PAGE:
Bonnie Koloc

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Bonnie Koloc
Born (1946-02-06) February 6, 1946 (age 73)
Waterloo, Iowa
OriginChicago, Illinois
GenresAmerican folk music
Years active1968–present

Bonnie Koloc (born February 6, 1946) is an American folk music singer-songwriter, actress, and artist who was considered one of the three main Illinois-based folk singers in the 1970s, along with Steve Goodman and John Prine forming the "trinity of the Chicago folk scene.". Her material continues to be recognized and valued by historians of Chicago folk music as well as by her long standing fan base in that area.

Life and career[edit]

Koloc was born in Waterloo, Iowa, to a working-class family: "I guess you could say we were poor; we lived in a cement block house outside the city limits of Waterloo, Iowa, and my dad worked in the John Deere factory. Money was very tight. I wore a lot of hand-me-downs, and I thought that people who had indoor johns must be rich. I had a really unstable childhood, because my parents were divorced when I was 12, and there was a lot of chaos. I spent a lot of time during my high school years trying to get myself together from my childhood."[1]

The first of her family to attend college, she enrolled in the University of Northern Iowa, first majoring in drama, then art, paying her way by singing, but becoming increasingly dissatisfied with university life. She abandoned her studies to go to Chicago, where she became a fixture of the influential Earl of Old Town.

She had a minor hit with "Roll Me On the Water" from the 1974 album You're Gonna Love Yourself in the Morning, but never achieved the national recognition many predicted for her. She has, however, maintained her iconic status in the Chicago area where she is considered, along with Steve Goodman and John Prine, to have been a quintessential influence in the development of Chicago folk music during the 1970s and beyond. Her signature song, "Jazzman", written by Ed Holstein, continues to be requested at concerts, and Bonnie's inimitable rendition is often considered to have elevated this musical piece into the realm of vocal art.[2]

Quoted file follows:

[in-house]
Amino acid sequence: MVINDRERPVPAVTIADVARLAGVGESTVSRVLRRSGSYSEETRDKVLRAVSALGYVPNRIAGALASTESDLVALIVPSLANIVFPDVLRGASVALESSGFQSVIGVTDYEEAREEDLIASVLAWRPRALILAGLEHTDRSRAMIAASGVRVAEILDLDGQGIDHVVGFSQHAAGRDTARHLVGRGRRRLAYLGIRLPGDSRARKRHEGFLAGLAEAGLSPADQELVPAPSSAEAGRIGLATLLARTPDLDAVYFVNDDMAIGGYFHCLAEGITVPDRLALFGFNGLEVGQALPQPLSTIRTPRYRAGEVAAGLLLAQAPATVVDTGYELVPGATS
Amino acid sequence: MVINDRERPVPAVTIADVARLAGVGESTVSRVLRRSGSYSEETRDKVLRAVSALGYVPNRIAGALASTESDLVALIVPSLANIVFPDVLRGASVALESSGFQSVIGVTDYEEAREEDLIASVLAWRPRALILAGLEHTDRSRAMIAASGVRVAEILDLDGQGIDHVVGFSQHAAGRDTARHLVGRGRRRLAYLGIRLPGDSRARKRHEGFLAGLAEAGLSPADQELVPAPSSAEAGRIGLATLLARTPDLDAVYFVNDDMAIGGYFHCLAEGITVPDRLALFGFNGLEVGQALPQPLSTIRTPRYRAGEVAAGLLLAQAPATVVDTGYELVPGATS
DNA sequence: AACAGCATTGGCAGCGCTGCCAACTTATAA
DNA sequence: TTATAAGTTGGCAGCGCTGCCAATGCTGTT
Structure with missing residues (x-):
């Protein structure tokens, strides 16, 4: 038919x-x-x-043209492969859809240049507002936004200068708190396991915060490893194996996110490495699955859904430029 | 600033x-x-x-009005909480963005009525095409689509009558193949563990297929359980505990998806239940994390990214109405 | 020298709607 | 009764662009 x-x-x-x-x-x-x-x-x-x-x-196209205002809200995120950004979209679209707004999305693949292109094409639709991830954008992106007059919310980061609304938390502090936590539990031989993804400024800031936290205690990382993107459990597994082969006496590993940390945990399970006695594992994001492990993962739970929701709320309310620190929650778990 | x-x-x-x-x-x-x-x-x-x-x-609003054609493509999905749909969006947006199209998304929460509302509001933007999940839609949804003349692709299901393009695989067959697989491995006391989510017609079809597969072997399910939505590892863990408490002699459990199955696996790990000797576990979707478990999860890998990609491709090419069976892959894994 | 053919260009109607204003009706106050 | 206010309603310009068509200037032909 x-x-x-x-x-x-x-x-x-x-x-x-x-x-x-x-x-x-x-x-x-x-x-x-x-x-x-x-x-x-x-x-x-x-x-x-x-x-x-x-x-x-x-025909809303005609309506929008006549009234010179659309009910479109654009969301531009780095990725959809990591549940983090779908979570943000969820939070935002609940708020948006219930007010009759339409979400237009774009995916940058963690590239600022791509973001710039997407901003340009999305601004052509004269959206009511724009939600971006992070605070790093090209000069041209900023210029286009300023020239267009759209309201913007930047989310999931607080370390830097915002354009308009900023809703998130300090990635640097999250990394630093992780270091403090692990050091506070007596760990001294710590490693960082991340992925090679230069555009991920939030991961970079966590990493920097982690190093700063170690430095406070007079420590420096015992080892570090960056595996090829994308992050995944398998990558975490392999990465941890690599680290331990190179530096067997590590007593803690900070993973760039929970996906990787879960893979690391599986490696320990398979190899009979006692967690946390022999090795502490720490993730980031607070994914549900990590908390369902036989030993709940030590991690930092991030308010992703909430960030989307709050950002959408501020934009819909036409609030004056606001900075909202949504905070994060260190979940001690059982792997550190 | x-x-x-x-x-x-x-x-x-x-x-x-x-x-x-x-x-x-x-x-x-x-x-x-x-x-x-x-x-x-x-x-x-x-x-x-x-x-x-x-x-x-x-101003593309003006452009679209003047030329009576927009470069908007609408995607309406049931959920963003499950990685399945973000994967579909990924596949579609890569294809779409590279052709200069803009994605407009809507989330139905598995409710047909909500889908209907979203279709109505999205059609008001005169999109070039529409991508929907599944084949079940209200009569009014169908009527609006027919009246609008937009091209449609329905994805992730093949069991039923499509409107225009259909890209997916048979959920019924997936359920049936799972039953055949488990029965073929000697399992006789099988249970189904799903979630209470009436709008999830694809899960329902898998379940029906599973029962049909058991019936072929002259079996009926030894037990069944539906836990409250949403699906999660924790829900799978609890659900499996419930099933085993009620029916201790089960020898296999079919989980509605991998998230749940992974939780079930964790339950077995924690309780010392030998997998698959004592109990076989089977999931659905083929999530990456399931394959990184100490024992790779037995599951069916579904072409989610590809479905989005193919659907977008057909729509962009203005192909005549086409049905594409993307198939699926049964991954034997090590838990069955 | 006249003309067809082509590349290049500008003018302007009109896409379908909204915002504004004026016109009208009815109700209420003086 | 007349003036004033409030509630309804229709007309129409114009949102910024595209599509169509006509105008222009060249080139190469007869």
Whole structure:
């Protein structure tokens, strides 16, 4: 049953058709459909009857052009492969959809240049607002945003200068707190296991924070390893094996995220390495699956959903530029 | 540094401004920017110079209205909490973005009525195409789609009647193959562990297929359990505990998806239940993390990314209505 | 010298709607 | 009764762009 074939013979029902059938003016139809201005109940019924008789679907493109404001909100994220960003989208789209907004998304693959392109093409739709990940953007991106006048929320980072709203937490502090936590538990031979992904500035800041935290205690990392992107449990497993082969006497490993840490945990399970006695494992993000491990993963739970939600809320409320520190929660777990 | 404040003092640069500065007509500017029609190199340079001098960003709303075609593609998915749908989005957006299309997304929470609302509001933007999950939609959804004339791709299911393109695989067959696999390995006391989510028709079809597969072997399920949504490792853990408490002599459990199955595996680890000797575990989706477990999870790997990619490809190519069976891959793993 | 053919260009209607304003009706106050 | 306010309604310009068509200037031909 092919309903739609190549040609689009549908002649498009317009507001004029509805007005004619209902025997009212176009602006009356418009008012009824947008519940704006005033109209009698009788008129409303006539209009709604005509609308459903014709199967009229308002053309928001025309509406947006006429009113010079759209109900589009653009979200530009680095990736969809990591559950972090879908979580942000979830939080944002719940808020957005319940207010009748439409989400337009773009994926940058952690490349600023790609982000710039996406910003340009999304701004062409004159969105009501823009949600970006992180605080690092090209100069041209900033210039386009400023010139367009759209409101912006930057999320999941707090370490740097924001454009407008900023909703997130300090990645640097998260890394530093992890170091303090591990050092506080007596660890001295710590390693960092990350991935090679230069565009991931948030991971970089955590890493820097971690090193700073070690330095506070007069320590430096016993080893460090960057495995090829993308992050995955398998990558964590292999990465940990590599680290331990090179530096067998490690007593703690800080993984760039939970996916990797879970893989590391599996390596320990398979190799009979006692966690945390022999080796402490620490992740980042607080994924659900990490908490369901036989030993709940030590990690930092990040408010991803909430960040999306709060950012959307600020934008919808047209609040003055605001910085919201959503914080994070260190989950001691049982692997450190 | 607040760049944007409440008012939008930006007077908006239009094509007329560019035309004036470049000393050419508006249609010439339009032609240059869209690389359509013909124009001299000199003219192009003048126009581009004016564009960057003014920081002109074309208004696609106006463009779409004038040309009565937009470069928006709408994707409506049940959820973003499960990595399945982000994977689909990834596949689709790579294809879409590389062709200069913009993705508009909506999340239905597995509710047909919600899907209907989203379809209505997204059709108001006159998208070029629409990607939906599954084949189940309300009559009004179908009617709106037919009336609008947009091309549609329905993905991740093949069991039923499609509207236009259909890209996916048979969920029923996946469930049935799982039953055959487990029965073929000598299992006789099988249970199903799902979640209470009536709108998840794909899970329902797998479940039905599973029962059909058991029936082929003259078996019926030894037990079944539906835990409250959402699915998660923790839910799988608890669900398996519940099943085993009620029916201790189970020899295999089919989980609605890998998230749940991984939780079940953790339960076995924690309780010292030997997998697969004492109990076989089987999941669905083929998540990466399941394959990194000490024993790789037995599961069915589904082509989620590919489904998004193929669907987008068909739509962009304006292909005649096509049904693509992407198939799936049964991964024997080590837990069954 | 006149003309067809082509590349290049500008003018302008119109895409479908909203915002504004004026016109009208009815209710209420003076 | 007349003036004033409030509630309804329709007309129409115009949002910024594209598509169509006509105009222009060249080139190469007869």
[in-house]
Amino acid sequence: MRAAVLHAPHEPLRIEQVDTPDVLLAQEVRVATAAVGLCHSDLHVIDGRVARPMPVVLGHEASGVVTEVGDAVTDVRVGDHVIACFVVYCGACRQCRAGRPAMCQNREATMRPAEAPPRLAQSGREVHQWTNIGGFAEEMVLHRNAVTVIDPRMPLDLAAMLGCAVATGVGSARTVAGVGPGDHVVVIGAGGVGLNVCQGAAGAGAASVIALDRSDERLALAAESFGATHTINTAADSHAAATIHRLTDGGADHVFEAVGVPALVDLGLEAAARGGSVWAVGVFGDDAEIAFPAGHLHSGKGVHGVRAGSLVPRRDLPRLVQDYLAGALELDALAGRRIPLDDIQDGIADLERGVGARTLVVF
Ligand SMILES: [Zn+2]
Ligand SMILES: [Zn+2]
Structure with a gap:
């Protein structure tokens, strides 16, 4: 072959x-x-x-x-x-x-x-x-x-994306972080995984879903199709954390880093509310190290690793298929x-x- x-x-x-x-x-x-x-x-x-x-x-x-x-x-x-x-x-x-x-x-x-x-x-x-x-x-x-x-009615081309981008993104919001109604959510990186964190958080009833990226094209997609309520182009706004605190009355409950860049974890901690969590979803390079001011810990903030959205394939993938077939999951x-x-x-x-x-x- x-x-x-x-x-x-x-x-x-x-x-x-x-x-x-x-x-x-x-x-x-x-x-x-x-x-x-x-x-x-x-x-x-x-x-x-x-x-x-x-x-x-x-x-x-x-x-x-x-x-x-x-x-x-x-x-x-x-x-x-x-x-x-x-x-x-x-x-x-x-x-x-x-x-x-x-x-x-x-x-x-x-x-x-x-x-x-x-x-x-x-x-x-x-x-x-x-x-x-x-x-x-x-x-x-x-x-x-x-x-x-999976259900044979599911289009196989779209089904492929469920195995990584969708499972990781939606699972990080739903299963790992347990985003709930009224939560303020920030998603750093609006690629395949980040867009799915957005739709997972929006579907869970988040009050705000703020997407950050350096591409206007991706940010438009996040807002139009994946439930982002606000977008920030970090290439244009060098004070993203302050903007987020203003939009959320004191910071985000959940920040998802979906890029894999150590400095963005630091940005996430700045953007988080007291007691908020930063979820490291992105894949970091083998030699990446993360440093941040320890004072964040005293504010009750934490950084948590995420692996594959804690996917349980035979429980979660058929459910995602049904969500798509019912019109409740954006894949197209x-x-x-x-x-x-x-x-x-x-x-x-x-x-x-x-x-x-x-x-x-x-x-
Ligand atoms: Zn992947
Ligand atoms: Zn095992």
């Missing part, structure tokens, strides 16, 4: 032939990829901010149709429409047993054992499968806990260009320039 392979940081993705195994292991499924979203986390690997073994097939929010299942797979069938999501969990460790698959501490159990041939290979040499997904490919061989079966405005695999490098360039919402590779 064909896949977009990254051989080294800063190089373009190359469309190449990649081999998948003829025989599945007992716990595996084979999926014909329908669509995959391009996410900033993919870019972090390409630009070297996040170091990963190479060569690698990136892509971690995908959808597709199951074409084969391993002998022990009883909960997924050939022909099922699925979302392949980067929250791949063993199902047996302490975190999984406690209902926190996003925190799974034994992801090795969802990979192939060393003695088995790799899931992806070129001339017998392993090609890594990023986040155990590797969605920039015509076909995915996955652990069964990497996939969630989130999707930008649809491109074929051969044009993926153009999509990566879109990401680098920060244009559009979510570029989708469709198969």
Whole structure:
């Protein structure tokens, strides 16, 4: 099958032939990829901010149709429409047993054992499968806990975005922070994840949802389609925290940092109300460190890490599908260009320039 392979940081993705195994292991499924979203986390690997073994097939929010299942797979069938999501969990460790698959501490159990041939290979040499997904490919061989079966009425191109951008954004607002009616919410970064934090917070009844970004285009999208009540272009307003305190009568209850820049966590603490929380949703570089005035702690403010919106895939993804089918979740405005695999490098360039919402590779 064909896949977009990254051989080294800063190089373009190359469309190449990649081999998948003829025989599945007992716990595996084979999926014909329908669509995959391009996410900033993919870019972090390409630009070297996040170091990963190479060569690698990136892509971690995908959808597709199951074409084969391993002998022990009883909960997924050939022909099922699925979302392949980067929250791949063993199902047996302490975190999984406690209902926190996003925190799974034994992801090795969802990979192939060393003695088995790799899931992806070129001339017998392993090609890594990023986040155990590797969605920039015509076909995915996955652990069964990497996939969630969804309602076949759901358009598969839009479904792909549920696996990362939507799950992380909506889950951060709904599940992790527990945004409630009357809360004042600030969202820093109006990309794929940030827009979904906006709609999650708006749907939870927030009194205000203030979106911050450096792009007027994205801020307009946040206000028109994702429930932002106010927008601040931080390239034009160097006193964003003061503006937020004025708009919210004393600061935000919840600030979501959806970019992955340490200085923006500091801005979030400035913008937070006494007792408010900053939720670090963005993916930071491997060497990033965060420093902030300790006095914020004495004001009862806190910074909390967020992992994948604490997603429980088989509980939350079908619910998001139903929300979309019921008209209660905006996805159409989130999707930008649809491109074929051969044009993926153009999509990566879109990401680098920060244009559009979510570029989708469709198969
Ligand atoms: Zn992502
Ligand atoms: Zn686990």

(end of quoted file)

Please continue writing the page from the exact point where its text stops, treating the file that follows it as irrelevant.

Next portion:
In the 1980s, after the death of her long-time companion, she pursued a career as an actress, and performed in plays such as Joseph Papp's Broadway production of The Human Comedy, but by the late '80s, she focused on her art studies. Currently living in Iowa with her husband, author Robert Wolf, Bonnie has taught at the University of Iowa, launched several art shows, and continued to hone her beautiful and unique singing voice. Since 2000, Bonnie Koloc has resumed her musical career and continues to perform concerts in the Chicago area, much to the delight of her faithful fans, friends, and well wishers.[3]


  • After All This Time, Ovation, 1971
  • Hold On to Me, Ovation Records, 1972
  • Bonnie Koloc, Ovation Records, 1973
  • You're Gonna Love Yourself in the Morning, Ovation Records, 1974
  • At Her Best, Ovation Records, 1976
  • Close-Up, Epic Records, 1976
  • Wild and Recluse, Epic Records, 1978
  • With You On My Side, Flying Fish, 1987
  • Visual Voice, Naim Audio, 2000
  • Timeless, self-released, 2004 [Disc 1, recordings from 1973-1979; Disc 2, recordings from 1979-1990]
  • A Bestiary - Beasts of the Farm, self-released art book and CD, 2004
  • Here to Sing, self-released, 2006
  • Beginnings, self-released, 2010 [1969 recordings from the Earl Of Old Town and the University of Illinois]


  1. ^ Bonnie Koloc; December 04, 1988; Chicago Tribune
  2. ^ Prescott, Barbara M., ed. Lincoln Park Poets: Chicago Folk Music in the 1960s - 1970s. August Press, Inc., 2015.CS1 maint: Extra text: authors list (link)
  3. ^ "Profile of a Renaissance Woman". Archived from the original on 2008-12-02. Retrieved 2008-11-30.

External links[edit]